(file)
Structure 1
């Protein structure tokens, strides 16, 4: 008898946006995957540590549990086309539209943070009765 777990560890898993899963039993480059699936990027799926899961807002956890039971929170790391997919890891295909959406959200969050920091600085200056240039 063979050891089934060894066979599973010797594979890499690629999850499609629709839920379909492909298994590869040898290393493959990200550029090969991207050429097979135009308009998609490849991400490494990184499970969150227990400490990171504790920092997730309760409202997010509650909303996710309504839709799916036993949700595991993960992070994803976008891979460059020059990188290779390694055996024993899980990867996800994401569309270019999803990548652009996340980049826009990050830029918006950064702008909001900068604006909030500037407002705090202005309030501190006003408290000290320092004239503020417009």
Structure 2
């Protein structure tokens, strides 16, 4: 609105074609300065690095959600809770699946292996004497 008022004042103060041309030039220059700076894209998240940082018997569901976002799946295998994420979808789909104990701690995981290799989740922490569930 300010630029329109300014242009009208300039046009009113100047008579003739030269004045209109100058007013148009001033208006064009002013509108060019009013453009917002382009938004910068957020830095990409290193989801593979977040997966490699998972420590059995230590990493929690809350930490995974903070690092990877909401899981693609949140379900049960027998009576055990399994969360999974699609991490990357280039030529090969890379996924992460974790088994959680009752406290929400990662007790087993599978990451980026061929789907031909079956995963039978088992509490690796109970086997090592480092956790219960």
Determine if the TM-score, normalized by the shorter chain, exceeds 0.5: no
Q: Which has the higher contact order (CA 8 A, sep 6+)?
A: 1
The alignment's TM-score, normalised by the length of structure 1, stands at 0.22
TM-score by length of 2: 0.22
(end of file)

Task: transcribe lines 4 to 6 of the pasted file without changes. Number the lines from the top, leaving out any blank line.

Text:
């Protein structure tokens, strides 16, 4: 609105074609300065690095959600809770699946292996004497 008022004042103060041309030039220059700076894209998240940082018997569901976002799946295998994420979808789909104990701690995981290799989740922490569930 300010630029329109300014242009009208300039046009009113100047008579003739030269004045209109100058007013148009001033208006064009002013509108060019009013453009917002382009938004910068957020830095990409290193989801593979977040997966490699998972420590059995230590990493929690809350930490995974903070690092990877909401899981693609949140379900049960027998009576055990399994969360999974699609991490990357280039030529090969890379996924992460974790088994959680009752406290929400990662007790087993599978990451980026061929789907031909079956995963039978088992509490690796109970086997090592480092956790219960």
Determine if the TM-score, normalized by the shorter chain, exceeds 0.5: no
Q: Which has the higher contact order (CA 8 A, sep 6+)?